What was the first thing that turned you on artistically?
Probably my piano teachers. I was taught by pretty young teachers who themselves were students. They had an intensity and passion for their own artistic journey that was still very fresh.
You’ve talked about Bach as a favourite.
I like the melodic quality of that music, that’s also very rhythmic. If you look at someone like Mozart or Beethoven, they’re constantly changing tempos, whereas with Bach it’s much more like rock music because it’s locked to a beat.
What was the first piece of art you made?
Aged seven or eight I made this big papier‑mâché Easter bunny. It was pretty tall, maybe three foot. We still have it.
Is your on-stage show ‘performance art’?
Playing a show, there are certain physical techniques that result in this feeling of excitement and energy, for me and hopefully everybody else there. I never really like that idea of ‘performance art’ for what I’m doing.
The promo video for your upcoming book, The Party Bible, shows you sharpening knives, pumping iron… Does this reflect your creative process?
Well at times it has been painful. Not so much with writer’s block, but almost the opposite – there’s so much to write about. Sometimes doing sit-ups or something physical will help you focus.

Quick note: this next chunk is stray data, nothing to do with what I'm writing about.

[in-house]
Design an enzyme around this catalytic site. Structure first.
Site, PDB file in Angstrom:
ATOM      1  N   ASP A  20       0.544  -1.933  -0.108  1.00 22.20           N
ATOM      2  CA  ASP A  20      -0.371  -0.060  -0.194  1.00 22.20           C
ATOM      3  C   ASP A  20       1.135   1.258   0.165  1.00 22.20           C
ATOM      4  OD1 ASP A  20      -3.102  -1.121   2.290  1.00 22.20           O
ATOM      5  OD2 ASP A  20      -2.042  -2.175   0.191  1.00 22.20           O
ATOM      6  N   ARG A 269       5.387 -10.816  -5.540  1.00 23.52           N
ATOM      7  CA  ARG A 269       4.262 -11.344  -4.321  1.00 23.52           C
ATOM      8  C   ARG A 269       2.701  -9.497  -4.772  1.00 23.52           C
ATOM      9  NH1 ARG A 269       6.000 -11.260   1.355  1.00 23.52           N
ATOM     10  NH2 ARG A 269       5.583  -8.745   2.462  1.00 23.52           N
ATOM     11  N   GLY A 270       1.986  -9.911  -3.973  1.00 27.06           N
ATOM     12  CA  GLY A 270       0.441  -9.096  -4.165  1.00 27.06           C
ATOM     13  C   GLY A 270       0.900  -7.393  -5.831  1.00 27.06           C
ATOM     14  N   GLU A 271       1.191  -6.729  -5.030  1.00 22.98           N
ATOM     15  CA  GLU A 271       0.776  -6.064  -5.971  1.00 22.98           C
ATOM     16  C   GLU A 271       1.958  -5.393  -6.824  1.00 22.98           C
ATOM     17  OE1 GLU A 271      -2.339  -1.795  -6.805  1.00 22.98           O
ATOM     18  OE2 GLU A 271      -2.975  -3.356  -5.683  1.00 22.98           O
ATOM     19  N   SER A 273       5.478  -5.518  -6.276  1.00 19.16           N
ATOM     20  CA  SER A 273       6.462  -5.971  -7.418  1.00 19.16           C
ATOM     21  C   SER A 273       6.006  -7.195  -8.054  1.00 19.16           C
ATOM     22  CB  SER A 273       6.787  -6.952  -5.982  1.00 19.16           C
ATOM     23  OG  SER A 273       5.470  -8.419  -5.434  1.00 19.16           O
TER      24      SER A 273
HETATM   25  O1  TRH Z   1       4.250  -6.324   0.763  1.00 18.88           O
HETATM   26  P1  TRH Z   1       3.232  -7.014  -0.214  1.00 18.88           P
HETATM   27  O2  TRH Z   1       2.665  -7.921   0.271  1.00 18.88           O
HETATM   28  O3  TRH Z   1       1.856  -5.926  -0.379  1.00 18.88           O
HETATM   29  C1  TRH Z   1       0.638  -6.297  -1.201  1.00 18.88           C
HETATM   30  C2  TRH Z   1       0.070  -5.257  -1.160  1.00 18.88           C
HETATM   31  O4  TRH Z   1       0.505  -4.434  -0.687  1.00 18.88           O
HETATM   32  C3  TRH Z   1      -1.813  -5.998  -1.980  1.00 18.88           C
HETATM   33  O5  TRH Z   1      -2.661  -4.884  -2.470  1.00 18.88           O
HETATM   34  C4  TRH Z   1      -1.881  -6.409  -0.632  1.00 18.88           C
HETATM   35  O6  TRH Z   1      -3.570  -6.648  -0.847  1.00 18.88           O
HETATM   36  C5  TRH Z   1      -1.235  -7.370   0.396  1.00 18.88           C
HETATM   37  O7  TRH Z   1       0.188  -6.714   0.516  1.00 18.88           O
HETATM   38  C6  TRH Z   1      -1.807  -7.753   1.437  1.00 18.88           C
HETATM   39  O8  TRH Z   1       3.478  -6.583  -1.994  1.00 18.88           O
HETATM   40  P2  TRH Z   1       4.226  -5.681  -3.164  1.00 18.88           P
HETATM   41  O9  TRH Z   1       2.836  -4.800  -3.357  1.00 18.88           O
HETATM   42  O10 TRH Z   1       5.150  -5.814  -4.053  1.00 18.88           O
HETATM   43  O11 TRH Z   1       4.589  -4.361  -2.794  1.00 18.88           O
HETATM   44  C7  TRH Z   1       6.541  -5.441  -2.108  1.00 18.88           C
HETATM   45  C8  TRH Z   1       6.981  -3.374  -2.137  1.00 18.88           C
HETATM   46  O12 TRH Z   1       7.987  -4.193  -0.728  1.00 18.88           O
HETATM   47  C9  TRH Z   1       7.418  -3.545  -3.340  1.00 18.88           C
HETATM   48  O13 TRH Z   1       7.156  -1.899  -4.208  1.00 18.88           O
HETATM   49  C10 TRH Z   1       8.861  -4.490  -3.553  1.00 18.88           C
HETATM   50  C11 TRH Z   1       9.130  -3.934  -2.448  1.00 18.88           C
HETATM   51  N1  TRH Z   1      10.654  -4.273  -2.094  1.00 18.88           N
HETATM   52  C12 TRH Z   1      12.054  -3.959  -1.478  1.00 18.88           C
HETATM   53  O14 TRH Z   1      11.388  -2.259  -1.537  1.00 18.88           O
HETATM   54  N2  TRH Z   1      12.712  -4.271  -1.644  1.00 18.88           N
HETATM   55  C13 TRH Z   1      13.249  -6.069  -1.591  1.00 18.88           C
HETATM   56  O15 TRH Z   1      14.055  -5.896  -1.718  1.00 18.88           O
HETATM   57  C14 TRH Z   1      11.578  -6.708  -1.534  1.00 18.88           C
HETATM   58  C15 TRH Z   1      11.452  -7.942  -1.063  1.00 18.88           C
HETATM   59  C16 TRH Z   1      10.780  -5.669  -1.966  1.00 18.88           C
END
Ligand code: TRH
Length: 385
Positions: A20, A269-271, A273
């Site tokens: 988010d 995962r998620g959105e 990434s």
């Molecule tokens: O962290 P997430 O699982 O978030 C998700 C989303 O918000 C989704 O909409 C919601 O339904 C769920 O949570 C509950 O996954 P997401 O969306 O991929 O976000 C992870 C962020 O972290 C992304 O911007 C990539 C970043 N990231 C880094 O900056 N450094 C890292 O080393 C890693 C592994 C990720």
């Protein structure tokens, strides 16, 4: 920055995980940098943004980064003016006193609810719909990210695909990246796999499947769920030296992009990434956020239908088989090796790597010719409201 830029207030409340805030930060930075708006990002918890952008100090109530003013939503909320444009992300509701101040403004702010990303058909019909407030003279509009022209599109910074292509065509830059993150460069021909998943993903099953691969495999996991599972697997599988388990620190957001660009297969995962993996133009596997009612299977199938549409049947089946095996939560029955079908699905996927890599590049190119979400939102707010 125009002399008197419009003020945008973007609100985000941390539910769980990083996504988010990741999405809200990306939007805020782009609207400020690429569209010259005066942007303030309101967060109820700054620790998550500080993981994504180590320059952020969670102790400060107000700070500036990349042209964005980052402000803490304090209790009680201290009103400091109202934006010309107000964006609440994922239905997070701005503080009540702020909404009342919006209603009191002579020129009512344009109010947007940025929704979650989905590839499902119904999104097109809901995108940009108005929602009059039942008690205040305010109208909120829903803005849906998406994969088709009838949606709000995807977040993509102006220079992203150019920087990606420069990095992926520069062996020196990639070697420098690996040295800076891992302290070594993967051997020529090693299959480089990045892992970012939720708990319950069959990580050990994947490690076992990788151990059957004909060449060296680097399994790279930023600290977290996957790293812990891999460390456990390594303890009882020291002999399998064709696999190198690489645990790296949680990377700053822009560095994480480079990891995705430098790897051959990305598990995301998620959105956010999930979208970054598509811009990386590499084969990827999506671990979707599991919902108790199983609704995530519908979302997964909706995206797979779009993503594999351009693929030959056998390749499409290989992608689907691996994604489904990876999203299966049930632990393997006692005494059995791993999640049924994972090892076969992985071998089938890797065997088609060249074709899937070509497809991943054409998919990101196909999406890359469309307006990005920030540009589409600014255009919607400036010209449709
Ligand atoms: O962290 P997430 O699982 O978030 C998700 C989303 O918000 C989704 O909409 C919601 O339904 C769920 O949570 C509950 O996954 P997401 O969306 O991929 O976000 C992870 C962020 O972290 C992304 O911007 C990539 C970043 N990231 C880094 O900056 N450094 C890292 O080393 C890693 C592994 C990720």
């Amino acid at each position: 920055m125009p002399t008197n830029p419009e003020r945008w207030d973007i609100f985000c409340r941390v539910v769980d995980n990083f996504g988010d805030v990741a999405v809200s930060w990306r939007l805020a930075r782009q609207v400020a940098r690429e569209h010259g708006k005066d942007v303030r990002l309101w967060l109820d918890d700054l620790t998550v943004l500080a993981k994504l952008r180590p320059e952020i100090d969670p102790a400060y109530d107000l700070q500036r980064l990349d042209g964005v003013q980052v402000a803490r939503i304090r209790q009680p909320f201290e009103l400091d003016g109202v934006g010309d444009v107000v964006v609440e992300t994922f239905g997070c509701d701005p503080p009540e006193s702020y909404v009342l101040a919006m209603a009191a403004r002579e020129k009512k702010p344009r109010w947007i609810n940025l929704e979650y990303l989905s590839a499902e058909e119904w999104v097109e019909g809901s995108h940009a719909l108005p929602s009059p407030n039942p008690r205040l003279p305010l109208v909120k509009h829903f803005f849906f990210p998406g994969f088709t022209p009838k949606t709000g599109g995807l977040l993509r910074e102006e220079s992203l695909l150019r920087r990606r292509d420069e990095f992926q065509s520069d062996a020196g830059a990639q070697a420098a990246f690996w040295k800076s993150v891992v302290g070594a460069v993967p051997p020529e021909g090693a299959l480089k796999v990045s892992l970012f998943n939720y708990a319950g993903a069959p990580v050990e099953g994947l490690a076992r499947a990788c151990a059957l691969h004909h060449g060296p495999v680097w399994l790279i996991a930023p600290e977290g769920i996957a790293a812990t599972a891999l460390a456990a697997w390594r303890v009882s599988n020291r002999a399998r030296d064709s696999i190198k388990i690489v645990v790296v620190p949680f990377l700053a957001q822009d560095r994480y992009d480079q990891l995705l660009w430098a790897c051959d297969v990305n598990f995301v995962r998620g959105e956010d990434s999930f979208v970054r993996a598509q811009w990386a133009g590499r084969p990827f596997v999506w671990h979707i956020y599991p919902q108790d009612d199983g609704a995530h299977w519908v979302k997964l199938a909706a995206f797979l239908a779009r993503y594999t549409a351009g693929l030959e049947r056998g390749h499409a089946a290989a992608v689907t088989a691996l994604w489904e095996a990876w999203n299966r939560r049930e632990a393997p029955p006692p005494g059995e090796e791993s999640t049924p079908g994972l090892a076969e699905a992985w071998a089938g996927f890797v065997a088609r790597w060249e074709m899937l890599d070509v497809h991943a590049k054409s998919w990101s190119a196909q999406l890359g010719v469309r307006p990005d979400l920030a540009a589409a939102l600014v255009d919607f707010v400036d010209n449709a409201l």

You’ve covered J-Pop and music from the Gundam series. What drew you to them?
The guy I worked with at Universal in Japan, a long-time friend, he’s obsessed with Gundam. He’d see a new Gundam figure at a toy store, or DVD, and tell me about it. So many franchises, like Transformers, were inspired by that early Japanese animation. I’ve always appreciated their entertainment industry’s focus and their ability to amplify ideas to extremes.
Do you serenade your wife?
Oh yeah, I sing her songs. We sing together. A lot of nonsense songs. They’re my favourite songs to sing around the house; making up songs, finding funny words or a phrase that maybe doesn’t mean anything but sounds good and feels good to say.